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Old 08-30-2012, 03:21 PM   #21
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Hi Retire2014,

Yes, I have private health insurance in ER. For me, the cost of insurance goes up about $10 a month each year. Approx 5% or so thus far. The rate isn't based on my individual health but get raised when the insurance company raised it for everyone in my policy group (I think I said that right). Also, when I became 50 years old, it got raised too.

When looking for health insurance, also keep in mind that's it's best to use an insurance broker from NAHU - Consumer Information - Find an Agent as using them doesn't cost more than if you apply for insurance directly from the insurance companies. Plus, they have closer contact with the insurance companies which helps as they may know ahead your chances of being accepted before approved. Ehealthinsurance.com is also a great place to get an idea of coverages and estimated costs available.

Additionally, if you company offers a HSA and a HSA which High Deduction Insurance makes sense to you, the next open enrollment, you might want to make sure to go the HSA route as when you leave, the HSA belongs to you. (That is what I did. The previous open enrollment when I contemplated ER'ing, I purposely signed up for the HSA knowing that I may very well say goodbye in the near future ).

Also, as you know I'm sure, 2014 and Health Insurance is a big wildcare with the Affordable Care Act.
Thank you, I will ask HR to see if my company offers HSA so I can open an account now. Do you know when I leave my HR, do I roll that HSA over to my bank/financial institution to continue to manage the HSA? Thank you for your advice.
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Old 08-30-2012, 03:32 PM   #22
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Thank you, I will ask HR to see if my company offers HSA so I can open an account now. Do you know when I leave my HR, do I roll that HSA over to my bank/financial institution to continue to manage the HSA? Thank you for your advice.
Yes, generally when you sever employment you will have that option. In my case, our employer pays the basic monthly fee (about $3 per month for a single account though I'm sure they get a big discount) as long as we are still employed. But you can move your money to another HSA.

In my case, we get $1000 a year as an "employer match" into our HSA so that match has to go to the HSA that my employer sponsors. Having said that, this isn't like a 401K (for us) in that we can transfer HSA funds to another custodian any time we want, whereas most folks with a 401K plan can't transfer their 401Ks or roll funds into an IRA until they sever employment. In theory we could roll over their match the day after it hits our accounts, I think.
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Old 08-30-2012, 03:47 PM   #23
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Thank you, I will ask HR to see if my company offers HSA so I can open an account now. Do you know when I leave my HR, do I roll that HSA over to my bank/financial institution to continue to manage the HSA? Thank you for your advice.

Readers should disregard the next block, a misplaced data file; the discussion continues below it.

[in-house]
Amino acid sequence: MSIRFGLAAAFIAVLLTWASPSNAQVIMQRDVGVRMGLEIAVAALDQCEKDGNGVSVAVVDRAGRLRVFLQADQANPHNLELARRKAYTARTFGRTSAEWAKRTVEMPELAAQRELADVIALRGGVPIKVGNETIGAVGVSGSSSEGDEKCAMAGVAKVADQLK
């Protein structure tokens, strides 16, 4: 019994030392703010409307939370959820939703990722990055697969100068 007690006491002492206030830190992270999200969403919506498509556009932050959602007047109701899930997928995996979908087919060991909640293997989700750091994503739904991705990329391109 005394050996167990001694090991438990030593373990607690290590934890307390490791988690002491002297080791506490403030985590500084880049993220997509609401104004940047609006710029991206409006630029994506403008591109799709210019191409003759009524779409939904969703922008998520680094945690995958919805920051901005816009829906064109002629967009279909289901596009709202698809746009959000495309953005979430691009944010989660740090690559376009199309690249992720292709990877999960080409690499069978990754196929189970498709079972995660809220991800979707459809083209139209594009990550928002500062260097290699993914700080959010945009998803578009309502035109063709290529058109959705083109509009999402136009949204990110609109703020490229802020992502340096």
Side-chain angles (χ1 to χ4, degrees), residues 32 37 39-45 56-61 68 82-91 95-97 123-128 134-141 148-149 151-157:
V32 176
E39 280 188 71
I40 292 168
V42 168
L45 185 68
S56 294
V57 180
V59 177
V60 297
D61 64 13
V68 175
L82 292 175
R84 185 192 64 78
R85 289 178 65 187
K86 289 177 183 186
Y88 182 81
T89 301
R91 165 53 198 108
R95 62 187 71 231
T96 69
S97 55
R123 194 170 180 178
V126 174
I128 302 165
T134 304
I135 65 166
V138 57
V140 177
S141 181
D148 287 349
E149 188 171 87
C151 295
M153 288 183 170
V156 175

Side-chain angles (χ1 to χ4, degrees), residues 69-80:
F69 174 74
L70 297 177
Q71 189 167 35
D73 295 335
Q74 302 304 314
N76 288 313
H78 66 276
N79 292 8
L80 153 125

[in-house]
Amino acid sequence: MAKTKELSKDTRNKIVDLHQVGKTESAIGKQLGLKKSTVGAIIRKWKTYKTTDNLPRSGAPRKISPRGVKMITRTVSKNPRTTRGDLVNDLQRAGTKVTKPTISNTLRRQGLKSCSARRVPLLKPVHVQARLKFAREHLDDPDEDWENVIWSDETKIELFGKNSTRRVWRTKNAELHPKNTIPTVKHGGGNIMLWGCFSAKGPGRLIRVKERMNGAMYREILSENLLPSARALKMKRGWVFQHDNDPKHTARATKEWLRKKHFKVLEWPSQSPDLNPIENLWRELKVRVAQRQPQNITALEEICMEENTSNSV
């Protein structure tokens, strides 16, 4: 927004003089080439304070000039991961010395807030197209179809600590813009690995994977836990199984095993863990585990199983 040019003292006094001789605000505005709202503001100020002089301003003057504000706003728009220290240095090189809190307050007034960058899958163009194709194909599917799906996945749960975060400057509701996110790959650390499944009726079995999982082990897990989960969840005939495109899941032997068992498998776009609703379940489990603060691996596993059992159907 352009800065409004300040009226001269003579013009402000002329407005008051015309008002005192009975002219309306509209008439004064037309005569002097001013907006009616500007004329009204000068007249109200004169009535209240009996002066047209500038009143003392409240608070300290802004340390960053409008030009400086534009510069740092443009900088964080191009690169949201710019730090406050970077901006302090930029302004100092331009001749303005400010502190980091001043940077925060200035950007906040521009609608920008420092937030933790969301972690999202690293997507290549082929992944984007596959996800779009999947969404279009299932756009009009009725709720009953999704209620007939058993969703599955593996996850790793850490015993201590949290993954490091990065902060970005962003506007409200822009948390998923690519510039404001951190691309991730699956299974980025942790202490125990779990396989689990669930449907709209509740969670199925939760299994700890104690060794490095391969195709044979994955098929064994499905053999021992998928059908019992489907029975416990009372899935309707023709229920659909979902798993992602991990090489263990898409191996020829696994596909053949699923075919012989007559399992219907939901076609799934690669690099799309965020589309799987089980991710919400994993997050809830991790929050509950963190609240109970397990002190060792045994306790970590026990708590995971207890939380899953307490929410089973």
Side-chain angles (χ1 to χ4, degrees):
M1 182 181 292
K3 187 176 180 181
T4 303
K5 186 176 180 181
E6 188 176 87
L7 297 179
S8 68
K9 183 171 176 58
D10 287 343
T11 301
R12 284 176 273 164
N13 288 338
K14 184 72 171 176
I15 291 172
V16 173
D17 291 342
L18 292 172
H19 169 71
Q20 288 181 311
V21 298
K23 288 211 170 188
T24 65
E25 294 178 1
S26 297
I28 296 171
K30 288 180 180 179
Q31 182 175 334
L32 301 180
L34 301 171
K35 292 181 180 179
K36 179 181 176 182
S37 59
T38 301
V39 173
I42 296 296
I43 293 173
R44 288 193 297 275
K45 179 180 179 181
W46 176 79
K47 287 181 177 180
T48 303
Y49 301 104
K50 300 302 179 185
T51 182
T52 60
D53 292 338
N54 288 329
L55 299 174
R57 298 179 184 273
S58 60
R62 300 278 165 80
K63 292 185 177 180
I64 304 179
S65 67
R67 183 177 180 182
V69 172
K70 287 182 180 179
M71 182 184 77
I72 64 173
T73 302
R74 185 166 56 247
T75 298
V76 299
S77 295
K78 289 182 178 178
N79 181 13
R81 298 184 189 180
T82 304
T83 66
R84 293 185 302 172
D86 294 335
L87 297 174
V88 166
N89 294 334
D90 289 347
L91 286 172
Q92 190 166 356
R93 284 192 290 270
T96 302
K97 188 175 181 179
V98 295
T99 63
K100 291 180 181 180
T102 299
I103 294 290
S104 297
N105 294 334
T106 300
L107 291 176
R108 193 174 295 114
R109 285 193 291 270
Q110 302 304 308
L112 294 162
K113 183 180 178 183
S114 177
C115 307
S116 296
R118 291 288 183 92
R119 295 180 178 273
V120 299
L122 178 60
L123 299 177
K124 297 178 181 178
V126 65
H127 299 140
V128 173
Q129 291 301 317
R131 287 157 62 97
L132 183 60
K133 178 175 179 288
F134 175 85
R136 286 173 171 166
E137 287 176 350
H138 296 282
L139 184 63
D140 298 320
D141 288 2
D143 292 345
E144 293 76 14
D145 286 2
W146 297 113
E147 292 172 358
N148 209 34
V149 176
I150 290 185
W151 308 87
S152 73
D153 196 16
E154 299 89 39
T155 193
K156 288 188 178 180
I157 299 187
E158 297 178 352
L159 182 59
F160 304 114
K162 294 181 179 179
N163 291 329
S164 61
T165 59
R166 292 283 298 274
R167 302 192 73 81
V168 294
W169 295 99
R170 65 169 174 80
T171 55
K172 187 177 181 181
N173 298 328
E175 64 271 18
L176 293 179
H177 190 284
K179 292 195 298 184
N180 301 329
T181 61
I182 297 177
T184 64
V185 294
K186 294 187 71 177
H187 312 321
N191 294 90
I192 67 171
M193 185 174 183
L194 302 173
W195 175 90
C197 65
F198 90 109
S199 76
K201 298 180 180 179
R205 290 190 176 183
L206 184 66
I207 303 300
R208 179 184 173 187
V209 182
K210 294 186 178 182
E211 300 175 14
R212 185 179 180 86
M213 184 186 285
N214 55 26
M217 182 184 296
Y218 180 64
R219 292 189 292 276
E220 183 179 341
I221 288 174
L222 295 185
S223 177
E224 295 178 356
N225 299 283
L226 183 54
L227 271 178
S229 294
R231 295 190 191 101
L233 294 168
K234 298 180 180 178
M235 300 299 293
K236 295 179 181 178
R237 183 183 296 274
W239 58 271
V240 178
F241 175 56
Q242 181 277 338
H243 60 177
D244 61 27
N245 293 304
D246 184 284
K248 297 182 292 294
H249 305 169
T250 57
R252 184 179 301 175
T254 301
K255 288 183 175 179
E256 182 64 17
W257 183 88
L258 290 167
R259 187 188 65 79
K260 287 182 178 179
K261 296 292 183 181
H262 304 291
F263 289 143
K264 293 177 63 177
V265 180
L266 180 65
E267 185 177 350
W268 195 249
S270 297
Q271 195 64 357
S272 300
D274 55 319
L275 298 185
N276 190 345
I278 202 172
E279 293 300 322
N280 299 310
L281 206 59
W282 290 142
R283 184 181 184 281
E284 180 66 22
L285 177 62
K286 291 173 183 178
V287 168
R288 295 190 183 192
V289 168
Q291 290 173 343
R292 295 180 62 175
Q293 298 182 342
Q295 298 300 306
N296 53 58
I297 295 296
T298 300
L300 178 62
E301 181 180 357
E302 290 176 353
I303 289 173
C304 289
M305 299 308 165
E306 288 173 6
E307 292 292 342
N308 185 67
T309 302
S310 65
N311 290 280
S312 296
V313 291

When I was still w*rking, at my megacorp Open Enrollment for health care coverage of the following year was in October. So during that open enrollment, I purposely signed up for the HSA option instead of the traditional plans knowing that if/when the time came that I'd go, that I could take the HSA with me. I used the default HSA administrator at the megacorp (not sure if one has another choice). Then when I left, I switched over to a HSA custodian of my choice. Not all banks manage HSAs. They have to serve as HSA Custodians to be eligilible.

The process of switching is similar to if you have an IRA at one location and want to switch to another instituation. You'd contact the instituation that you want for your HSA and ask them what forms to fill out to transfer from your current instituation.

I think with HSA's, what takes getting used to is so much of it seems like the honor system. Unlike a FSA, you don't have to send in proof of medical expenses. But you do need to decide on a good way to keep track of expenses, reimbursements, contributions for tax records. Also, it's good decide if you plan on reimbursing yourself soon after you incur qualified medical expenses or let it ride for the future.
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Old 08-30-2012, 03:56 PM   #24
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Thank you, I will ask HR to see if my company offers HSA so I can open an account now. Do you know when I leave my HR, do I roll that HSA over to my bank/financial institution to continue to manage the HSA? Thank you for your advice.
Retire2014,

You probably already know, but just in case, you have to be already covered under a High Deductible Health Care plan before you can open a HSA account. For example, you can't just walk into a bank that manages HSAs and say I want to open an account without the insurance.

Many of us here (myself included) have the HSA with HSA Administrators.
Here's a link to their site to their tab "HSA Education"

Health Savings Account - HSA Administrators

The idea is a little tricky about what you can/cannot do, I think, but once when in place I love my HSA.
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Old 08-30-2012, 06:43 PM   #25